Romina Ressia: What Do You Hide? uses color and patterns to express honest emotions (PHOTOS).

Get Lost in These Mesmerizing Patterns That Do the Opposite of Camouflage 

Get Lost in These Mesmerizing Patterns That Do the Opposite of Camouflage 

Behold
The Photo Blog
Feb. 8 2015 10:30 AM

Get Lost in These Mesmerizing Patterns That Do the Opposite of Camouflage 

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Red With Eyeglasses (Lateral).

Romina Ressia

Romina Ressia’s series, “What Do You Hide?,” is a vivid and colorful response to a human tendency to mask our emotions in order to try to blend in. Although she can’t remember exactly what triggered her initial inspiration, the Argentine wrote via email that she was troubled by how we often mask our true identity or “simulate things just to please others or to be loved.”

She began working on the project last year and spent around four months on it. As is the case with all of her projects, she styles each image herself. She wanted to represent camouflage without typical clothing, so she used fabric as a way of dehumanizing the subjects as much as possible. The wigs and accessories are the only things that remind us that these are people.

“I think we all have light and darkness inside. Human beings can be adorable and hateful and I love to show both sides. In this project, for example, I found it interesting to make portraits of things that are considered negative in a colorful and beautiful way.”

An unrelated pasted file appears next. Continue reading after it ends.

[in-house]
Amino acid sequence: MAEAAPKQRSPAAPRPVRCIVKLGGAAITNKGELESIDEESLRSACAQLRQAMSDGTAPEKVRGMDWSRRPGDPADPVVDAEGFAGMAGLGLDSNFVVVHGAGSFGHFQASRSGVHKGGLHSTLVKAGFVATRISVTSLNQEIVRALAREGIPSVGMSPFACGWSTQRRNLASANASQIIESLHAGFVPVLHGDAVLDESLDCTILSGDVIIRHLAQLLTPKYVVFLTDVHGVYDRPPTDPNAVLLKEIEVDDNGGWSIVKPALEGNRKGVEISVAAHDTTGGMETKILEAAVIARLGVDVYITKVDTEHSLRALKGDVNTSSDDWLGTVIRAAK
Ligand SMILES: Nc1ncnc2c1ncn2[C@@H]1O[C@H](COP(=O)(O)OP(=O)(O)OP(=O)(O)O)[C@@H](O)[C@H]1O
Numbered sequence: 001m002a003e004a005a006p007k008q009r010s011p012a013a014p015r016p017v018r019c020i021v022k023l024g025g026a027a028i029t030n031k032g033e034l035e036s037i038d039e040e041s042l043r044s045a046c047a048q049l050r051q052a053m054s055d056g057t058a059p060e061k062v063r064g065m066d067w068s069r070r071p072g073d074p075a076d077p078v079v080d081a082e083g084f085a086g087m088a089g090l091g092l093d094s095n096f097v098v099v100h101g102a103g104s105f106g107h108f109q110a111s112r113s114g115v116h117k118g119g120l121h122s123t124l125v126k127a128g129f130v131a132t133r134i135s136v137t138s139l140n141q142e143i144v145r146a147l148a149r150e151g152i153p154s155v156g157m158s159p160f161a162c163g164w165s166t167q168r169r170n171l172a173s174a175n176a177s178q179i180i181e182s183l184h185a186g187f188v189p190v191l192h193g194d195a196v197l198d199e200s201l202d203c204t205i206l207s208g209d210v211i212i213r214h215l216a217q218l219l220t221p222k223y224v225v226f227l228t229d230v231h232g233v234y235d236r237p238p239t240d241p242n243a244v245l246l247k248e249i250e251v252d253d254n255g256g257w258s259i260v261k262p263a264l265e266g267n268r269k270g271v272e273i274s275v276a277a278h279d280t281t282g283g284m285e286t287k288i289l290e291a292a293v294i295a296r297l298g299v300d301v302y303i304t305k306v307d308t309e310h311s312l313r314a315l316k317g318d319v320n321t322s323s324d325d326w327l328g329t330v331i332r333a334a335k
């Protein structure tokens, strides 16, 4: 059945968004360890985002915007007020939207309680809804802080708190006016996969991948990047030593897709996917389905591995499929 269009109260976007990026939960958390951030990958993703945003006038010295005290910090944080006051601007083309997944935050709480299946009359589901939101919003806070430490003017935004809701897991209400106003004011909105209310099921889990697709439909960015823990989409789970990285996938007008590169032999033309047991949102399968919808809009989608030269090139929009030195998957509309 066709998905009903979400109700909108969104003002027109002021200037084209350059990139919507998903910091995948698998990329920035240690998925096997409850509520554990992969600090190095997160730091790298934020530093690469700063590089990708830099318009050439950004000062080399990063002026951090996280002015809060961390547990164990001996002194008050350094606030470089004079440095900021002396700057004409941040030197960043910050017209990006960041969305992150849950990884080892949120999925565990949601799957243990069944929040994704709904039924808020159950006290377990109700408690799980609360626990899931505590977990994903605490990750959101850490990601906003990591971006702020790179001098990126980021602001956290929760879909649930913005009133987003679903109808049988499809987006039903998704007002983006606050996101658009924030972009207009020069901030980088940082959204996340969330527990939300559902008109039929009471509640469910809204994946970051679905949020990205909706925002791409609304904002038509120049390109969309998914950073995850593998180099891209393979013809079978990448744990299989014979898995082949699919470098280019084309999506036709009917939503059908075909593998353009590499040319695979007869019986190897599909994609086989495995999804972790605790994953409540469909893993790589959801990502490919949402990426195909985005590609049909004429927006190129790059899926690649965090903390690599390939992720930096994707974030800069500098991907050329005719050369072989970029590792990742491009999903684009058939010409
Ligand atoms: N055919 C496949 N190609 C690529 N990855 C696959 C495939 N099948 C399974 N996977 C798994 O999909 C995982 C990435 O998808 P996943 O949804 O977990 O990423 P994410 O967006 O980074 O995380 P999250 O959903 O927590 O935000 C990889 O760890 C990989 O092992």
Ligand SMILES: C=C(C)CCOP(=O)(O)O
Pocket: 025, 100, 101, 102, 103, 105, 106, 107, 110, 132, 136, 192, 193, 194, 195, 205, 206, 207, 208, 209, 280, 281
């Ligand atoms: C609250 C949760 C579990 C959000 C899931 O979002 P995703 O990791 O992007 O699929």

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Left: Blue. Right: Orange With Cap.

Romina Ressia

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Camouflage.

Romina Ressia

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Left: Red Flowers. Right: Spots.

Romina Ressia

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Unlike her inspiration, Ressia tends to not mask her emotions—her brutal honesty has gotten her into trouble with people who misunderstand it for rudeness.

“Sometimes I am told there is no need to say everything you think,” she wrote. “I hate falsehood; well, everyone does I guess, but I get totally upset in front of lies, that is maybe the reason why I made this project. If people would pay more attention, they would be surprised to identify how many things we do to please other people’s expectations, to be approved or not be criticized. Then I think I am not exempt of this.”

Ressia’s work will be on view at Arcadia Contemporary gallery in New York City as part of the “Celebrating Women Artists” group exhibit starting April 23.

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Yellow Flowers.

Romina Ressia

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Black & White.

Romina Ressia

David Rosenberg is the editor of Slate’s Behold blog. He has worked as a photo editor for 15 years and is a tennis junkie. Follow him on Twitter.